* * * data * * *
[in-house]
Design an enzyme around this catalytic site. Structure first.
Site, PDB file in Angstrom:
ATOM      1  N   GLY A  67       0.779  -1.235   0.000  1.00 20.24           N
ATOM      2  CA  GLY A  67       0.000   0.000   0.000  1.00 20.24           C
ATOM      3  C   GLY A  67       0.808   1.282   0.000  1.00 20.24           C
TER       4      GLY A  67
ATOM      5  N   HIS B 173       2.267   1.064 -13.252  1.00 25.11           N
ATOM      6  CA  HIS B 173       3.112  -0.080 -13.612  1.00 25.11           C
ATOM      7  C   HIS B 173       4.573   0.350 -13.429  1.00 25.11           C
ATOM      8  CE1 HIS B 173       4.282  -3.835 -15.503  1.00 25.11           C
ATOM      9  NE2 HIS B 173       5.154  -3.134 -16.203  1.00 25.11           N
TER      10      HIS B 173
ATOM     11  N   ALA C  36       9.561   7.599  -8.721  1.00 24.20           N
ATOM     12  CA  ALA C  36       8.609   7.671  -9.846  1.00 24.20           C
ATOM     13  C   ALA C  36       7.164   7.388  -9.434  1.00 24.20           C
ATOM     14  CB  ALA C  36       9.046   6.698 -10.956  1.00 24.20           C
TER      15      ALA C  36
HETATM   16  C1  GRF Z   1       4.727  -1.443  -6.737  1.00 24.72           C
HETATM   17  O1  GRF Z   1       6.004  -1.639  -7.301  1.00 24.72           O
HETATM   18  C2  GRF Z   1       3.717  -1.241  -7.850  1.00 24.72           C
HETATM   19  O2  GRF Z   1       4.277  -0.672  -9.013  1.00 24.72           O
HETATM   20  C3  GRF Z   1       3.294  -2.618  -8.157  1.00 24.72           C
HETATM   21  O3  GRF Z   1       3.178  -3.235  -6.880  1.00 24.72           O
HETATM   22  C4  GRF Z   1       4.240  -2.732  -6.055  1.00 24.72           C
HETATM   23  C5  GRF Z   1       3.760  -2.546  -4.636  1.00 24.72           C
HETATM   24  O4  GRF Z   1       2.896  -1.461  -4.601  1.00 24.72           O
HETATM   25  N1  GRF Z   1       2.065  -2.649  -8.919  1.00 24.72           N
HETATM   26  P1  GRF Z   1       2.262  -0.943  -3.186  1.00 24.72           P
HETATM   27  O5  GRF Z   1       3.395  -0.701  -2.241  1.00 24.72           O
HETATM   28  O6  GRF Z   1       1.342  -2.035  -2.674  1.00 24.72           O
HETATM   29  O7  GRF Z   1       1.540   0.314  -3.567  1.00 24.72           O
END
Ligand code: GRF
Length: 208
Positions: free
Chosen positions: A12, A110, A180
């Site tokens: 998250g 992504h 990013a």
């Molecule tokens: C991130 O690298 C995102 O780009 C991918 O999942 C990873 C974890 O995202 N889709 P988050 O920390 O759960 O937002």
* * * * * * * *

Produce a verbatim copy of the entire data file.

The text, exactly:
[in-house]
Design an enzyme around this catalytic site. Structure first.
Site, PDB file in Angstrom:
ATOM      1  N   GLY A  67       0.779  -1.235   0.000  1.00 20.24           N
ATOM      2  CA  GLY A  67       0.000   0.000   0.000  1.00 20.24           C
ATOM      3  C   GLY A  67       0.808   1.282   0.000  1.00 20.24           C
TER       4      GLY A  67
ATOM      5  N   HIS B 173       2.267   1.064 -13.252  1.00 25.11           N
ATOM      6  CA  HIS B 173       3.112  -0.080 -13.612  1.00 25.11           C
ATOM      7  C   HIS B 173       4.573   0.350 -13.429  1.00 25.11           C
ATOM      8  CE1 HIS B 173       4.282  -3.835 -15.503  1.00 25.11           C
ATOM      9  NE2 HIS B 173       5.154  -3.134 -16.203  1.00 25.11           N
TER      10      HIS B 173
ATOM     11  N   ALA C  36       9.561   7.599  -8.721  1.00 24.20           N
ATOM     12  CA  ALA C  36       8.609   7.671  -9.846  1.00 24.20           C
ATOM     13  C   ALA C  36       7.164   7.388  -9.434  1.00 24.20           C
ATOM     14  CB  ALA C  36       9.046   6.698 -10.956  1.00 24.20           C
TER      15      ALA C  36
HETATM   16  C1  GRF Z   1       4.727  -1.443  -6.737  1.00 24.72           C
HETATM   17  O1  GRF Z   1       6.004  -1.639  -7.301  1.00 24.72           O
HETATM   18  C2  GRF Z   1       3.717  -1.241  -7.850  1.00 24.72           C
HETATM   19  O2  GRF Z   1       4.277  -0.672  -9.013  1.00 24.72           O
HETATM   20  C3  GRF Z   1       3.294  -2.618  -8.157  1.00 24.72           C
HETATM   21  O3  GRF Z   1       3.178  -3.235  -6.880  1.00 24.72           O
HETATM   22  C4  GRF Z   1       4.240  -2.732  -6.055  1.00 24.72           C
HETATM   23  C5  GRF Z   1       3.760  -2.546  -4.636  1.00 24.72           C
HETATM   24  O4  GRF Z   1       2.896  -1.461  -4.601  1.00 24.72           O
HETATM   25  N1  GRF Z   1       2.065  -2.649  -8.919  1.00 24.72           N
HETATM   26  P1  GRF Z   1       2.262  -0.943  -3.186  1.00 24.72           P
HETATM   27  O5  GRF Z   1       3.395  -0.701  -2.241  1.00 24.72           O
HETATM   28  O6  GRF Z   1       1.342  -2.035  -2.674  1.00 24.72           O
HETATM   29  O7  GRF Z   1       1.540   0.314  -3.567  1.00 24.72           O
END
Ligand code: GRF
Length: 208
Positions: free
Chosen positions: A12, A110, A180
């Site tokens: 998250g 992504h 990013a």
């Molecule tokens: C991130 O690298 C995102 O780009 C991918 O999942 C990873 C974890 O995202 N889709 P988050 O920390 O759960 O937002």